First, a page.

Due to the relevance in various research questions related to energy-economics, the preprocessing module provides time series data on greenhouse gas emissions calculated based on data provided by [76,77] using a method by [78]. Furthermore, electricity exchange prices according to [79] are also included. To provide more flexibility when approaching energy-economic research questions and to enable tackling future scenarios via simulation, the preprocessing module can apply user-defined values for the penetration of different technologies, including battery electric vehicles (BEV), residential PV systems, and HSS.
The preprocessing module makes use of assumptions and simplifications that are partly rooted in the original motivation to build a simulation framework with a strong focus on DER, as well as to avoid pseudo-accuracies due to an occasional unnecessarily high level of detail [65].

6.2.3. Simulated Scenario

For this study, we apply the ML-based sampling methods and time series aggregation described in Sections 0 and 0 in the context of peer-to-peer energy communities (Section 6.1). Therefore, we utilize the simulation framework to generate all German municipalities and calculate the resulting P2P prices. When generating the municipalities using the preprocessing module (described in Section 6.2.1), we excluded all generators other than residential pv systems for this paper and hence focus on private consumers and prosumers forming P2P energy communities. Thus, we distinguish this study from our previous publication on pricing mechanisms in P2P energy communities [65], which included multiple types of renewable power plants. Furthermore, we set the installed capacity of residential pv systems, the quantity of HSS, as well as the number of BEV per municipality to map scenario B2035 contained in the German grid development plan in [80,81]. This scenario projects nationwide growth of rooftop-pv systems of 90.1% from 37.2 GW in 2019 to 70.7 GW in 2035, as well as enforcing sector coupling expressed, among other things, by an increase in the BEV fleet by a factor of 37.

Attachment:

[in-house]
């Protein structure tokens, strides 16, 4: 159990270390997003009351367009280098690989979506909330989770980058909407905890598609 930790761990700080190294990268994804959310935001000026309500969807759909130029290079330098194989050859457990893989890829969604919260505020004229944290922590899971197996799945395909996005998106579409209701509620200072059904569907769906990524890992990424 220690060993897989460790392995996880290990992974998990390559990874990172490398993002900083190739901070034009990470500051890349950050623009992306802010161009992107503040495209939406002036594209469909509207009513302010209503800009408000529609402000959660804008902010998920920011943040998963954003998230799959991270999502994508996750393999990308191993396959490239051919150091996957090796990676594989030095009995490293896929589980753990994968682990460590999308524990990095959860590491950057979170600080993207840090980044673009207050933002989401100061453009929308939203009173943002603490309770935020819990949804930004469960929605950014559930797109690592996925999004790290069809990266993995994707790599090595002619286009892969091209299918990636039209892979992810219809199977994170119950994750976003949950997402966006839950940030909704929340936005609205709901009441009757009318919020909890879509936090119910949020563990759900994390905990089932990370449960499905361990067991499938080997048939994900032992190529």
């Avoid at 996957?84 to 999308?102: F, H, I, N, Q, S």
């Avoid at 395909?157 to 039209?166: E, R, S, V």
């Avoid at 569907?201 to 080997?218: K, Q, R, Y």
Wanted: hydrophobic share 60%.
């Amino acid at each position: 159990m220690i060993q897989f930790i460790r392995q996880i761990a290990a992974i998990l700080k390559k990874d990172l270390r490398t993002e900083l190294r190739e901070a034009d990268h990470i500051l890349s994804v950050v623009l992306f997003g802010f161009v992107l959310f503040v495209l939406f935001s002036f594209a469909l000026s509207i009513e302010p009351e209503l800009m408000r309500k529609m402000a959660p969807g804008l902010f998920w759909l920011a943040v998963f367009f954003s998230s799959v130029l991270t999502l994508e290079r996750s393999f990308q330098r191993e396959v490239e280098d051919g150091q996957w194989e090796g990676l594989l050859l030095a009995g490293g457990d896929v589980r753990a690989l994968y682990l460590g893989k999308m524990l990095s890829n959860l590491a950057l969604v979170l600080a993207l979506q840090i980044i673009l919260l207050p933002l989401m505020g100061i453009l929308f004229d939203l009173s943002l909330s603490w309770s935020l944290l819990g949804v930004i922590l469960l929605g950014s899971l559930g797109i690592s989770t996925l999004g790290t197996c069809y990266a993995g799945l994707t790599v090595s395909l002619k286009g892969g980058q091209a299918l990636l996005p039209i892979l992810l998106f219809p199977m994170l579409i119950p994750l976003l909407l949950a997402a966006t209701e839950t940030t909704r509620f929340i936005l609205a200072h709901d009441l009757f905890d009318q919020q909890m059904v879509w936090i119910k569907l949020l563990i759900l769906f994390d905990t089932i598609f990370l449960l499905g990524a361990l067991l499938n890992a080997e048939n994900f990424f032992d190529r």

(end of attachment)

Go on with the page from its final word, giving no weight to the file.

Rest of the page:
The projected value for the installed capacity of residential pv systems at the municipality level is calculated based on the model in [52]. The data are also used as an indicator for the regionalization of the total projected amounts of HSS in Germany according to scenario B2035 (~2 million HSS). The number of BEVs per municipality is also derived from the total quantity of 11.2 million using a top-down approach. We disaggregated the number of BEV at the district level according to [54] at the municipality level by population [57]. Subsequently, to obtain the projected stock of BEV at the municipality level, these data are scaled accordingly to map the growth indicated by the projected number of BEVs (11.2 million) and the current number of BEVs (~300,000).
Instead of current electricity exchange prices (also referred to as export price in the P2P energy community context), we assume a constant export price at 4.58 ct/kWh. This corresponds to the annual average electricity exchange price for 2035 according to the solidEU scenario developed in the context of the eXtremOS Project [82]. The retail price (see Section 6.1) is assumed constant at 7.06 ct/kWh according to [83].

6.2.4. Time Complexity